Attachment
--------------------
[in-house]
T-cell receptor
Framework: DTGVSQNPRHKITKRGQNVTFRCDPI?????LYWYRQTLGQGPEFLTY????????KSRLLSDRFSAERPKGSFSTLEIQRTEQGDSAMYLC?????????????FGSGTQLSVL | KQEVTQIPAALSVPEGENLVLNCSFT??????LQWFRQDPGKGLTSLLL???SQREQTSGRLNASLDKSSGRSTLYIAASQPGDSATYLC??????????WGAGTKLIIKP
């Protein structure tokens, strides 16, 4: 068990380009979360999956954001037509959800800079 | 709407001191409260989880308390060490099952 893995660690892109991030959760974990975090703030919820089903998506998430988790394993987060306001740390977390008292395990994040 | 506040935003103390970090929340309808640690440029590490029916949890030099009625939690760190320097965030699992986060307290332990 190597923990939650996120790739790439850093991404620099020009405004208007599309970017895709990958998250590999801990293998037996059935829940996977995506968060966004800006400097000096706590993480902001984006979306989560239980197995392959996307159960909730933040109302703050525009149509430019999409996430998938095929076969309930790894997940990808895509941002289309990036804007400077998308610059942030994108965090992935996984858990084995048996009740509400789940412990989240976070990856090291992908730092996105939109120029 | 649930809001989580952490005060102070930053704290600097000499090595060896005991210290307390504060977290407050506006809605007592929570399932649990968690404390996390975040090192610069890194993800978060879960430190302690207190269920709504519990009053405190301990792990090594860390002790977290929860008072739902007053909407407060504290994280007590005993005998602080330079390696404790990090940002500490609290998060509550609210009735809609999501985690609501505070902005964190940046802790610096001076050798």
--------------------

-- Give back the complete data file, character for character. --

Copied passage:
[in-house]
T-cell receptor
Framework: DTGVSQNPRHKITKRGQNVTFRCDPI?????LYWYRQTLGQGPEFLTY????????KSRLLSDRFSAERPKGSFSTLEIQRTEQGDSAMYLC?????????????FGSGTQLSVL | KQEVTQIPAALSVPEGENLVLNCSFT??????LQWFRQDPGKGLTSLLL???SQREQTSGRLNASLDKSSGRSTLYIAASQPGDSATYLC??????????WGAGTKLIIKP
């Protein structure tokens, strides 16, 4: 068990380009979360999956954001037509959800800079 | 709407001191409260989880308390060490099952 893995660690892109991030959760974990975090703030919820089903998506998430988790394993987060306001740390977390008292395990994040 | 506040935003103390970090929340309808640690440029590490029916949890030099009625939690760190320097965030699992986060307290332990 190597923990939650996120790739790439850093991404620099020009405004208007599309970017895709990958998250590999801990293998037996059935829940996977995506968060966004800006400097000096706590993480902001984006979306989560239980197995392959996307159960909730933040109302703050525009149509430019999409996430998938095929076969309930790894997940990808895509941002289309990036804007400077998308610059942030994108965090992935996984858990084995048996009740509400789940412990989240976070990856090291992908730092996105939109120029 | 649930809001989580952490005060102070930053704290600097000499090595060896005991210290307390504060977290407050506006809605007592929570399932649990968690404390996390975040090192610069890194993800978060879960430190302690207190269920709504519990009053405190301990792990090594860390002790977290929860008072739902007053909407407060504290994280007590005993005998602080330079390696404790990090940002500490609290998060509550609210009735809609999501985690609501505070902005964190940046802790610096001076050798």